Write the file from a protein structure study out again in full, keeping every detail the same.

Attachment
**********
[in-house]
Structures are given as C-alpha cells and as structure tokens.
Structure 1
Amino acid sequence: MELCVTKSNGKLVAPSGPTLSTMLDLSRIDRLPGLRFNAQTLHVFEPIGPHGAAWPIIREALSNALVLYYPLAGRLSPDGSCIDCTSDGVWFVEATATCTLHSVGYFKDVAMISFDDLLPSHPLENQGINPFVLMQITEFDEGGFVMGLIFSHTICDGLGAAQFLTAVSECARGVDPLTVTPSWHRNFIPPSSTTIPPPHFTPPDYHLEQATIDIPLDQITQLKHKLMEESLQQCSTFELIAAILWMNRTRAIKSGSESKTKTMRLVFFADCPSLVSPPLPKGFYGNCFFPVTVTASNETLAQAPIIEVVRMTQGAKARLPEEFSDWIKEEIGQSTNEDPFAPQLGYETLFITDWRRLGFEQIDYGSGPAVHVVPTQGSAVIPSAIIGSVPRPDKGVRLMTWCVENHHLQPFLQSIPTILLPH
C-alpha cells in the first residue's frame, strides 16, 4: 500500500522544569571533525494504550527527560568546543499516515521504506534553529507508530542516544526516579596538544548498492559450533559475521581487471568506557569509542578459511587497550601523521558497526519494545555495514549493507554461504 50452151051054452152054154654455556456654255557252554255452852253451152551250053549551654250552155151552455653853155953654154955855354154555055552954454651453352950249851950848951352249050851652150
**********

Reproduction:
[in-house]
Structures are given as C-alpha cells and as structure tokens.
Structure 1
Amino acid sequence: MELCVTKSNGKLVAPSGPTLSTMLDLSRIDRLPGLRFNAQTLHVFEPIGPHGAAWPIIREALSNALVLYYPLAGRLSPDGSCIDCTSDGVWFVEATATCTLHSVGYFKDVAMISFDDLLPSHPLENQGINPFVLMQITEFDEGGFVMGLIFSHTICDGLGAAQFLTAVSECARGVDPLTVTPSWHRNFIPPSSTTIPPPHFTPPDYHLEQATIDIPLDQITQLKHKLMEESLQQCSTFELIAAILWMNRTRAIKSGSESKTKTMRLVFFADCPSLVSPPLPKGFYGNCFFPVTVTASNETLAQAPIIEVVRMTQGAKARLPEEFSDWIKEEIGQSTNEDPFAPQLGYETLFITDWRRLGFEQIDYGSGPAVHVVPTQGSAVIPSAIIGSVPRPDKGVRLMTWCVENHHLQPFLQSIPTILLPH
C-alpha cells in the first residue's frame, strides 16, 4: 500500500522544569571533525494504550527527560568546543499516515521504506534553529507508530542516544526516579596538544548498492559450533559475521581487471568506557569509542578459511587497550601523521558497526519494545555495514549493507554461504 50452151051054452152054154654455556456654255557252554255452852253451152551250053549551654250552155151552455653853155953654154955855354154555055552954454651453352950249851950848951352249050851652150